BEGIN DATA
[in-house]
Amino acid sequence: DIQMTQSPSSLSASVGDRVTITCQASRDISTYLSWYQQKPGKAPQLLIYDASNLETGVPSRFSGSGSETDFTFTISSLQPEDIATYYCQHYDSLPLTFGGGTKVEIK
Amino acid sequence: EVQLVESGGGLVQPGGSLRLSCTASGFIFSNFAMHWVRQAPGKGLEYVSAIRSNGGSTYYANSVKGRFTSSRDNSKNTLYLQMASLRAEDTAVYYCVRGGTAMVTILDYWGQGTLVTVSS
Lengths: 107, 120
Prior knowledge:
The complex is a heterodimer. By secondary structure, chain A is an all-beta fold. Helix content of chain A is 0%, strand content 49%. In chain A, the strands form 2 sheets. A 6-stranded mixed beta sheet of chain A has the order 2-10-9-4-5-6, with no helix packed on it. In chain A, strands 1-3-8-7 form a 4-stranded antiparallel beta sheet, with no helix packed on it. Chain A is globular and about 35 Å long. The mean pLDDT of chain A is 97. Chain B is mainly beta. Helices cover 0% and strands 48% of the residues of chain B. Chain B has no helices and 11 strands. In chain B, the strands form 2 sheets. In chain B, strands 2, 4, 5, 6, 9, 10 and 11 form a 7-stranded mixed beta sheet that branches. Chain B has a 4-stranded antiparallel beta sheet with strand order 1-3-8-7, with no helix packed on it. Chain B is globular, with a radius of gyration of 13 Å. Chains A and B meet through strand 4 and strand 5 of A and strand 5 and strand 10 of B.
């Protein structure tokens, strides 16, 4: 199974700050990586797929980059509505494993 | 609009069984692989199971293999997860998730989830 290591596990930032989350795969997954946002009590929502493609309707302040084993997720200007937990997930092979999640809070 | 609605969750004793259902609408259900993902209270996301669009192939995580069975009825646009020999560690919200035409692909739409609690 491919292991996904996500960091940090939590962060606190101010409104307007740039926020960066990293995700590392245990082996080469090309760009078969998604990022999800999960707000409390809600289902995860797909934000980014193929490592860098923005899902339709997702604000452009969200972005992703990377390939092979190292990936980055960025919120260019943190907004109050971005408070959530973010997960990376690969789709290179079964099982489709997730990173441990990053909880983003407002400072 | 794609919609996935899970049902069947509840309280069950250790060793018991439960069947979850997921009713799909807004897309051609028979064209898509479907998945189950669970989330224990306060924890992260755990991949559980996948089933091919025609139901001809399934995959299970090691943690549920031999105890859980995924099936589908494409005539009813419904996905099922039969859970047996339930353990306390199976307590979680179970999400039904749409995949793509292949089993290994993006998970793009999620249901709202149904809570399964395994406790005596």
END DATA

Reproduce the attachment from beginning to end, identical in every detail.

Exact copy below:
[in-house]
Amino acid sequence: DIQMTQSPSSLSASVGDRVTITCQASRDISTYLSWYQQKPGKAPQLLIYDASNLETGVPSRFSGSGSETDFTFTISSLQPEDIATYYCQHYDSLPLTFGGGTKVEIK
Amino acid sequence: EVQLVESGGGLVQPGGSLRLSCTASGFIFSNFAMHWVRQAPGKGLEYVSAIRSNGGSTYYANSVKGRFTSSRDNSKNTLYLQMASLRAEDTAVYYCVRGGTAMVTILDYWGQGTLVTVSS
Lengths: 107, 120
Prior knowledge:
The complex is a heterodimer. By secondary structure, chain A is an all-beta fold. Helix content of chain A is 0%, strand content 49%. In chain A, the strands form 2 sheets. A 6-stranded mixed beta sheet of chain A has the order 2-10-9-4-5-6, with no helix packed on it. In chain A, strands 1-3-8-7 form a 4-stranded antiparallel beta sheet, with no helix packed on it. Chain A is globular and about 35 Å long. The mean pLDDT of chain A is 97. Chain B is mainly beta. Helices cover 0% and strands 48% of the residues of chain B. Chain B has no helices and 11 strands. In chain B, the strands form 2 sheets. In chain B, strands 2, 4, 5, 6, 9, 10 and 11 form a 7-stranded mixed beta sheet that branches. Chain B has a 4-stranded antiparallel beta sheet with strand order 1-3-8-7, with no helix packed on it. Chain B is globular, with a radius of gyration of 13 Å. Chains A and B meet through strand 4 and strand 5 of A and strand 5 and strand 10 of B.
């Protein structure tokens, strides 16, 4: 199974700050990586797929980059509505494993 | 609009069984692989199971293999997860998730989830 290591596990930032989350795969997954946002009590929502493609309707302040084993997720200007937990997930092979999640809070 | 609605969750004793259902609408259900993902209270996301669009192939995580069975009825646009020999560690919200035409692909739409609690 491919292991996904996500960091940090939590962060606190101010409104307007740039926020960066990293995700590392245990082996080469090309760009078969998604990022999800999960707000409390809600289902995860797909934000980014193929490592860098923005899902339709997702604000452009969200972005992703990377390939092979190292990936980055960025919120260019943190907004109050971005408070959530973010997960990376690969789709290179079964099982489709997730990173441990990053909880983003407002400072 | 794609919609996935899970049902069947509840309280069950250790060793018991439960069947979850997921009713799909807004897309051609028979064209898509479907998945189950669970989330224990306060924890992260755990991949559980996948089933091919025609139901001809399934995959299970090691943690549920031999105890859980995924099936589908494409005539009813419904996905099922039969859970047996339930353990306390199976307590979680179970999400039904749409995949793509292949089993290994993006998970793009999620249901709202149904809570399964395994406790005596």